18. My motors get really hot especially when printing ABS, because I keep the whole thing toasty by blocking all the big holes. The longest ABS print I have done is around 22 hours I think, no problems to report. So don't worry. Another thing is the UM2 is really superbly balanced; avoid messing with anything other than what's available via the UI. Even then, take cautious steps. I have reset to factory defaults on more than one occasion when my enthusiasm outpaced my knowledge :-)
  19. It's the nature of software development. Unlike building houses, in which one house is built in much the same way 1,000,000 other houses have been built, every software project is unique. The bigger it gets, the more problems that have to be solved that are unique to that program. You can't just look at another program and say, OK, let's do that. BTW, I was not talking about grovelling, but simply being nice and friendly. I never had to grovel, but always try to be nice and friendly to people who are doing likewise to me. Funnily enough, in the open source economy, this represents more value than cash.
  20. I think he wants the Ultimaker firmware interface in Czech. Google translate?
  21. xeno, here is a bit of friendly advice. When I used to work as a developer, there were many users who made all kinds of demands. They needed x immediately. Never mind that everyone else wanted y. So I developed a sort of anti-PHB, a bit like anti-matter is to matter. Those demanding users and the idiot Big Chief were subjected to all manner of shenanigans, in which I demonstrated how their solution was going to be incorporated into the next iteration of function bla, and did that through technical obfuscation (i.e. I made up complicated stuff). Sometimes I convinced them that the function they wanted was already "in there". My fellow sufferers received free therapy at the expense of not busting a gut while keeping in their laughter. On the other hand, those users who were sweet to me got what they wanted. Every time. And I gave them more than they asked for. And I hand-held them, and even sat down with some of them to show them how to do things faster and better. Those people thought I was some kind of benevolent god. They bought me coffee and biscuits, too. And they didn't bother calling IT support, they would ask me during a break if I could sort out their issue, and I usually did. And they knew they owed me big time. So I got my expenses paid the moment I handed them in. No-one ever yelled at me for being consistently late, not even the Big Chief, because he had not quite figured out why so many people thought I was so important and thought I had a magical spell of some kind. Which, technically, I did. So this is the moral of the story: if you want to get your way, be very sweet, lavish praise and then make your request. You can do that quite a bit without becoming annoying. And then you might just be surprised how much more effective it is. The reason I did not make this a PM is that anyone who is being annoying can be pointed to this post.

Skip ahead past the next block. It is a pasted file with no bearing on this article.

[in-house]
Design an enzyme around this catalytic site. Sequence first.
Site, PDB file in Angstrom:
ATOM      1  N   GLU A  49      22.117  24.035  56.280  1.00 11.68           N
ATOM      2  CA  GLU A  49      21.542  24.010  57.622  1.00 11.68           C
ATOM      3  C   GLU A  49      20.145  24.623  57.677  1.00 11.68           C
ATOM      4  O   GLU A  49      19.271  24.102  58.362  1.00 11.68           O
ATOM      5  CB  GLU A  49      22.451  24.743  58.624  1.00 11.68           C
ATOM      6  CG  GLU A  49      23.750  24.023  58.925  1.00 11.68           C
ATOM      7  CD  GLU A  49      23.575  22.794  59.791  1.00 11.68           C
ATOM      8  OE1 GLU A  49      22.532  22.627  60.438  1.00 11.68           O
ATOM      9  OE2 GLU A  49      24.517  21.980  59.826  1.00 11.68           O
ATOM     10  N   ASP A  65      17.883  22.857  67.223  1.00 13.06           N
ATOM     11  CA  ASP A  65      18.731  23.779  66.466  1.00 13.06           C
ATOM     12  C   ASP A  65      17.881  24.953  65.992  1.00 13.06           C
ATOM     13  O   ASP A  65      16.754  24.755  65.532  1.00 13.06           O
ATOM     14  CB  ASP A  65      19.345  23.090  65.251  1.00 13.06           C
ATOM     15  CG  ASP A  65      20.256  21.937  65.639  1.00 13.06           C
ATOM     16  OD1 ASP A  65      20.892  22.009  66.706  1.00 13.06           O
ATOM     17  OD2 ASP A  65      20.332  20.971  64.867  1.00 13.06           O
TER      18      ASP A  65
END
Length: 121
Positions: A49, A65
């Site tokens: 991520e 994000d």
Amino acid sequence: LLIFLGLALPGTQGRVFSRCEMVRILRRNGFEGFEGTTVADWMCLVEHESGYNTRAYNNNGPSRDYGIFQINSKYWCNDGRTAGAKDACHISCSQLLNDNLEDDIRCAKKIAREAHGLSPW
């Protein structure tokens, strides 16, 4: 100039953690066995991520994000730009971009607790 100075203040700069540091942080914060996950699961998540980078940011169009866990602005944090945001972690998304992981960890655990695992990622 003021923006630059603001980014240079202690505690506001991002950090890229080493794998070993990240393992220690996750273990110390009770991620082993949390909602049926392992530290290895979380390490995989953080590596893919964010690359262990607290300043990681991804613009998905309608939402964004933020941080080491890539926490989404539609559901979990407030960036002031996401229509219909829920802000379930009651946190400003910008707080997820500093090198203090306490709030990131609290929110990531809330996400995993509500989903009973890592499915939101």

22. @xeno, there is an oh-so-small difference between Microsoft and Cura. Microsoft have to support loads of printers out of the box, because otherwise no-one is going to buy Windows. CURA, on the other hand, does not, because people will buy it anyway. Hang on, it's free and open source. Oh well, there goes the argument then.
  23. Huh, weird. What OS version are you using? Sorry, should have mentioned that. Ubuntu 14.04. Whole slew of dependencies issue.
  24. I just Googled "Dependency is not satisfiable: python3-pyqt5 (>=5.4.0)" and got seven results! Yowser, that has got to be worth something. Longest almost-but-not-quite googlewhacking phrase? Is there a badge for that? Hallo? Hallo? Can anyone hear me? It's really dark in here.
  25. Downloaded the DEB anyway, and got this: Dependency is not satisfiable: python3-pyqt5 (>=5.4.0) Yay!